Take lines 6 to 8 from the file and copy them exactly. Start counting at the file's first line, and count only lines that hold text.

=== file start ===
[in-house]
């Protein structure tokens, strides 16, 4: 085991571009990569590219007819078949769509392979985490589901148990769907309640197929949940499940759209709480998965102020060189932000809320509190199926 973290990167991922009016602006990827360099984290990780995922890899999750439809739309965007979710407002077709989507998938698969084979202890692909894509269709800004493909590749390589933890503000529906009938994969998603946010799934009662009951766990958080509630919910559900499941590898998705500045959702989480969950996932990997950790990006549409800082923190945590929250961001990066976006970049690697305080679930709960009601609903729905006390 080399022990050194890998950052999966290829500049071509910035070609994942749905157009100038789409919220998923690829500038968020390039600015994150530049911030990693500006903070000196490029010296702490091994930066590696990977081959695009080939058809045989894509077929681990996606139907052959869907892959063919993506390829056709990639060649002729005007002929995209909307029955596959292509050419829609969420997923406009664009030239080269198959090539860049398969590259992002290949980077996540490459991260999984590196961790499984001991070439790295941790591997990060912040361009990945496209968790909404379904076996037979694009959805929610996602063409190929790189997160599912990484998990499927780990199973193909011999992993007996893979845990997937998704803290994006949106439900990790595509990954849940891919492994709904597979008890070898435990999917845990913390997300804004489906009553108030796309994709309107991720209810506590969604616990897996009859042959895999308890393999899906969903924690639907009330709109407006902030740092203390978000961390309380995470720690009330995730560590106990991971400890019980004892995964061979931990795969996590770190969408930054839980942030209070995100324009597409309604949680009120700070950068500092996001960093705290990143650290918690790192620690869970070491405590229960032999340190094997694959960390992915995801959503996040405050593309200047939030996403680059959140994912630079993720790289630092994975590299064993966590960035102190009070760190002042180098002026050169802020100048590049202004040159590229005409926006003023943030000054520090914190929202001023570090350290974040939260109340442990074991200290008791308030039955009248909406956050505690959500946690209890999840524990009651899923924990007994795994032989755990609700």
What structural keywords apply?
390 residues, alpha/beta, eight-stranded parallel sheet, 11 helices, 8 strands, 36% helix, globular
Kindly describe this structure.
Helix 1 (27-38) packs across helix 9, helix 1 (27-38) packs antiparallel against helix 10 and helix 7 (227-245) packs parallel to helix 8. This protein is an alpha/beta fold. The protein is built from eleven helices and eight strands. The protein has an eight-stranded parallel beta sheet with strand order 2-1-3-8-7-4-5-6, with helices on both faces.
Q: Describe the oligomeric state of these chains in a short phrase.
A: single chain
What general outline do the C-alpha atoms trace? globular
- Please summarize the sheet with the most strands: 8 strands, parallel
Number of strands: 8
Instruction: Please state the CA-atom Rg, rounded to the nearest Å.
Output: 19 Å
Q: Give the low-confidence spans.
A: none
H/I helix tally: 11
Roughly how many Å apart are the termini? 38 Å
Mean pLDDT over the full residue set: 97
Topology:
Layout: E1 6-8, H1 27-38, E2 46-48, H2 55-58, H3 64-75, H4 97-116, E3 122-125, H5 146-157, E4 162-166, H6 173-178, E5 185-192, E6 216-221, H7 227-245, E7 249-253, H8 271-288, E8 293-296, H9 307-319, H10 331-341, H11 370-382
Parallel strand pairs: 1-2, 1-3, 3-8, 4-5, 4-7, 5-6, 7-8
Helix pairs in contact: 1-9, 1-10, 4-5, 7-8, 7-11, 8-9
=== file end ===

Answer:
Helix 1 (27-38) packs across helix 9, helix 1 (27-38) packs antiparallel against helix 10 and helix 7 (227-245) packs parallel to helix 8. This protein is an alpha/beta fold. The protein is built from eleven helices and eight strands. The protein has an eight-stranded parallel beta sheet with strand order 2-1-3-8-7-4-5-6, with helices on both faces.
Q: Describe the oligomeric state of these chains in a short phrase.
A: single chain